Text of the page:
English sculptor Phyllida Barlow (no relation to me although I would love to claim her as a kinswoman—after all, so talented AND she is the great-great-great-granddaughter of Charles Darwin) has captured an essential distinction in just two sentences:
Things aren’t just visual. They are sensations of physicality.
That “sensation of physicality” calls to each of us in its own way. I am inexplicably drawn to images of planetary bodies, our own as well as those now being captured of our entire solar system by NASA and the European Space Agency (ESA).
I’ve been studying these images for years, and the most recent addition to my library is a stunning small book, Earth & Mars: A Reflection, by Stephen E. Strom and Bradford A. Smith.
Both Strom and Smith are life long astronomers. Some years ago Strom expanded his mastery into photography, publishing a number of books pairing his images with poetry and text. In this book Strom and Smith have coupled these two planets, Earth and Mars, in an exploration that is both artful and scientific. Bringing together stunning images with thoughtful and informative essays, this book is a deep dive into that stunning “sensation of physicality”.
In the introduction, Strom shares his personal connection to these images:
I could not help but be drawn to the commonality of motifs manifest in the martian and terrestrial images. That these patterns are manifest on vastly different scales on different planetary surfaces speaks to the profound beauty inherent in forms that results from the action of universal physical laws over time and space and the interaction of the classical elements: earth, fire, air, and water.
Why did these patterns call to me so strongly? Is it the rhythmic repetition manifest in the ripples that are the inevitable by-product of the motion of air over a sand surface? Is it the fractal character of the channels produced by ancient martian rivers or the spiderlike patterns produced by the interaction of carbon dioxide with the fractured martian regolith? Is it the simplicity or universality of these landscape patterns that are somehow imprinted in biological or cultural deep memory? I invite the reader to explore these images and the aesthetic questions they raise.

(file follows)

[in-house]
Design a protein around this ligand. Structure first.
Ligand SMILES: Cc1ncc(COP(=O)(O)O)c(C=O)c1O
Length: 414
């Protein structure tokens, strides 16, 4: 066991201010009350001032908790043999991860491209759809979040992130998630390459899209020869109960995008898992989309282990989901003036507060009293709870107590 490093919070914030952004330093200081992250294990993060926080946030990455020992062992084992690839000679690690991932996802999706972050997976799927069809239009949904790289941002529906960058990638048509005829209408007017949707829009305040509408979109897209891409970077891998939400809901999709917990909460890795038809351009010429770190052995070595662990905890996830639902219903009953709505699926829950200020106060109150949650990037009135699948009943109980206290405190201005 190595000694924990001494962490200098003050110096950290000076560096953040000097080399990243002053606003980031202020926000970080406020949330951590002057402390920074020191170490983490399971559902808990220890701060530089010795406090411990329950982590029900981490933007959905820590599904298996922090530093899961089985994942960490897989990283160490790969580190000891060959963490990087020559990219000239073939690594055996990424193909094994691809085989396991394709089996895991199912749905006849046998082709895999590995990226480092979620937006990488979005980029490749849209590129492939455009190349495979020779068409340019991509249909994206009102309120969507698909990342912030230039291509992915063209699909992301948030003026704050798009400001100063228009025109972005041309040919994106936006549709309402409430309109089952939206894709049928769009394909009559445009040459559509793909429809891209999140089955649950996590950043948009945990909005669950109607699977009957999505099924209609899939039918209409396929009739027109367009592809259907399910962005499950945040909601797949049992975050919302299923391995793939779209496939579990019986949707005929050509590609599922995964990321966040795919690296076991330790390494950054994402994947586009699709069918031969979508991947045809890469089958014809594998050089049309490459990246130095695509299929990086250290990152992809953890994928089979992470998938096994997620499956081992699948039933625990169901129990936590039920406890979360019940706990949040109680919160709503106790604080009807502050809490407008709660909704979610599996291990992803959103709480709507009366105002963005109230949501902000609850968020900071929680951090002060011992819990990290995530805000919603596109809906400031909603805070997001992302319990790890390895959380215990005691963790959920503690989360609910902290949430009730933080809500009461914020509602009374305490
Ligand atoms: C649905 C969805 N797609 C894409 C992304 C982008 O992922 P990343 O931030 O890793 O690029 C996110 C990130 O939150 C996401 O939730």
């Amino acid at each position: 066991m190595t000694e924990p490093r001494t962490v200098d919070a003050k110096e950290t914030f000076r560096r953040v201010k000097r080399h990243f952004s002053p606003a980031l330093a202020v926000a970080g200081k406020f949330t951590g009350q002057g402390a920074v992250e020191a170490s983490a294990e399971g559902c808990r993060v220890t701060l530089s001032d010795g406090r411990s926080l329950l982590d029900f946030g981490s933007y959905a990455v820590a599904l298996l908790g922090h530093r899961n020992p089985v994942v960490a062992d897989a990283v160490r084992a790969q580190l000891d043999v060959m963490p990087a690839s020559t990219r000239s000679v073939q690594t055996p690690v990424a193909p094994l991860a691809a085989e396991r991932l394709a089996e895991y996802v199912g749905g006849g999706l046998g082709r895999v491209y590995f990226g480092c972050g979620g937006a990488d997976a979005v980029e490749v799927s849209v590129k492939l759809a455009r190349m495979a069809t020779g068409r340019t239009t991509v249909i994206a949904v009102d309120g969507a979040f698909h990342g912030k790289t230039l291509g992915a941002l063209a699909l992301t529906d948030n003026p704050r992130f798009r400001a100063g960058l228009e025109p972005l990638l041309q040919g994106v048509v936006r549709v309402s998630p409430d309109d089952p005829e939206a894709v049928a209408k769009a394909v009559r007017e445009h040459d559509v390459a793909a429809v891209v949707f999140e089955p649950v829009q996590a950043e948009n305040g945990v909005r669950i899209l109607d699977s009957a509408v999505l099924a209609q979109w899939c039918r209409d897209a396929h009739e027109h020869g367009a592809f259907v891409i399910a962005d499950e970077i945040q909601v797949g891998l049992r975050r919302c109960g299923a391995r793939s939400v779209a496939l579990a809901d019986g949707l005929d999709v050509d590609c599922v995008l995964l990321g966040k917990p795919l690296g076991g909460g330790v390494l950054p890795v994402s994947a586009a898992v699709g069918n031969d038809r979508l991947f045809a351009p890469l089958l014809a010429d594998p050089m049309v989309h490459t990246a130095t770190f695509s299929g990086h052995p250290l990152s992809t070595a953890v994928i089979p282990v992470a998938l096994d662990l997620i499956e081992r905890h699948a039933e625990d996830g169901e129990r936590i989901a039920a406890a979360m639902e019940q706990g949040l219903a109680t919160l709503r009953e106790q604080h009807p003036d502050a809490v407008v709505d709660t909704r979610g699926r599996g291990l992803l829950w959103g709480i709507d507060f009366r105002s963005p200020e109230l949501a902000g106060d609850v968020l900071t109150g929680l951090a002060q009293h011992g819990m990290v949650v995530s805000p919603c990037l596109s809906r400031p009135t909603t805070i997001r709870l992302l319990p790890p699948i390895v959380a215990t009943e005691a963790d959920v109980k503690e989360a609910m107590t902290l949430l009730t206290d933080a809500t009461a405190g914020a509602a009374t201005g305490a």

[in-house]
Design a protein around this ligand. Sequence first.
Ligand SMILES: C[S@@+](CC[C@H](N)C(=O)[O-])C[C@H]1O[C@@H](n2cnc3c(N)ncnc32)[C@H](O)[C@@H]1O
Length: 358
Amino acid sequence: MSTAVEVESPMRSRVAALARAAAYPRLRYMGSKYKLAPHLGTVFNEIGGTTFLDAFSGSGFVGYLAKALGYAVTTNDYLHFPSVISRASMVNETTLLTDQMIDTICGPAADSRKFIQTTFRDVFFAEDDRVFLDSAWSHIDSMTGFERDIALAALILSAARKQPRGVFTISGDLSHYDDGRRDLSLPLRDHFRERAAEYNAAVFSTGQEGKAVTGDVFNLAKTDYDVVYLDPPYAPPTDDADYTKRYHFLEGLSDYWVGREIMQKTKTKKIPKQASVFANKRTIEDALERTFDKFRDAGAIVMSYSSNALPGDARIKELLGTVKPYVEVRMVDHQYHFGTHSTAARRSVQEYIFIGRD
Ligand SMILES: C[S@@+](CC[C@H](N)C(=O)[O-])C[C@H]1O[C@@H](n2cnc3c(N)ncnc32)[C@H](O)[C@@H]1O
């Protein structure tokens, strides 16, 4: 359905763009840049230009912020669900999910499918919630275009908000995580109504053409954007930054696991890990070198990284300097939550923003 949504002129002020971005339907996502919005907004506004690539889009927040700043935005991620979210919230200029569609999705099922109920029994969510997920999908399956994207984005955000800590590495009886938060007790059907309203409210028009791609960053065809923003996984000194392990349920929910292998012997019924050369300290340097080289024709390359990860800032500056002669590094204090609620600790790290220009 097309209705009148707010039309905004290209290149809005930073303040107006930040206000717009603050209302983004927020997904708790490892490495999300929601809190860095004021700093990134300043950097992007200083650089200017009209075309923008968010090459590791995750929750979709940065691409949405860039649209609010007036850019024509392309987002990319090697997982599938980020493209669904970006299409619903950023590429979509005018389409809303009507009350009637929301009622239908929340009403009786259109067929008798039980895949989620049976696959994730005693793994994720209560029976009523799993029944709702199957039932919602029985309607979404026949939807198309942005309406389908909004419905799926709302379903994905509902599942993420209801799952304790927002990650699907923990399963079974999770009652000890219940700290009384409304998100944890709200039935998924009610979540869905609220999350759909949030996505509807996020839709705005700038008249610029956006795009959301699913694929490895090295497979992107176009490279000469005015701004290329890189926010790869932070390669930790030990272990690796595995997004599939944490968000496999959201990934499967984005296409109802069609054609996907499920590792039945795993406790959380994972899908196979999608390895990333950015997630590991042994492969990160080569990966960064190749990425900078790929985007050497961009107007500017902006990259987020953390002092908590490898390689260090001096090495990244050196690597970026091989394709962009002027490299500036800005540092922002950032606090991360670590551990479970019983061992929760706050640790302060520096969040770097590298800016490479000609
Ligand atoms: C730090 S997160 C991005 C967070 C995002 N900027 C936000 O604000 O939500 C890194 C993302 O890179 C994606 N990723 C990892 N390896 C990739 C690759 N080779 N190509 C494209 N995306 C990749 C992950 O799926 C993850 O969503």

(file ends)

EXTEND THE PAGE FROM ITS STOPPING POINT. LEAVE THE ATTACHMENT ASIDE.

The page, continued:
How reassuring: A scientist articulates feelings that I have had repeatedly, that sense of recognition and connection with these images. Strom’s legitimizes that sense with his reference to biological or cultural deep memory. Yes to that.
The book is divided into four sections—earth, fire, air, water—and an essay by Smith begin each one. Written for comprehension but also with respect for the mystery of how earth happened to have been made inhabitable, these essays left me feeling a reverential respect for overcoming incredible odds. How fragile it all is, the chances of a planet ending up with water.
In Smith’s words:
At first, both planets acquired substantial atmospheres and oceans of liquid water. Our more massive Earth, however, would retain most of its atmosphere and water, while less massive Mars would lose much of its atmosphere and most of its water. Over time, both Earth and Mars would experience a series of surface-altering processes, including impact cratering, volcanism, tectonics, and erosion by wind and water—but on vastly differing scales. These divergent processes have been responsible for the two completely dissimilar planets we see today, one water rich and life bearing, the other cold, dry and forbidding.
I love this book. I’ve already bought one copy to keep at my studio as well as one for my library at home. This is pure resonance for me, a source book for many of the images that just seem to emerge as I work.
And as an added bonus: Through this book I was introduced to this exceptional online catalog of images: HIRISE (High Resolution Imaging Science Experiment). 40,000 images to feast on and freely available for all.
A special thanks to artist and friend Diane McGregor for sending this to me. (She does have the inside track to all this since brainy Bradford A. Smith is her husband.)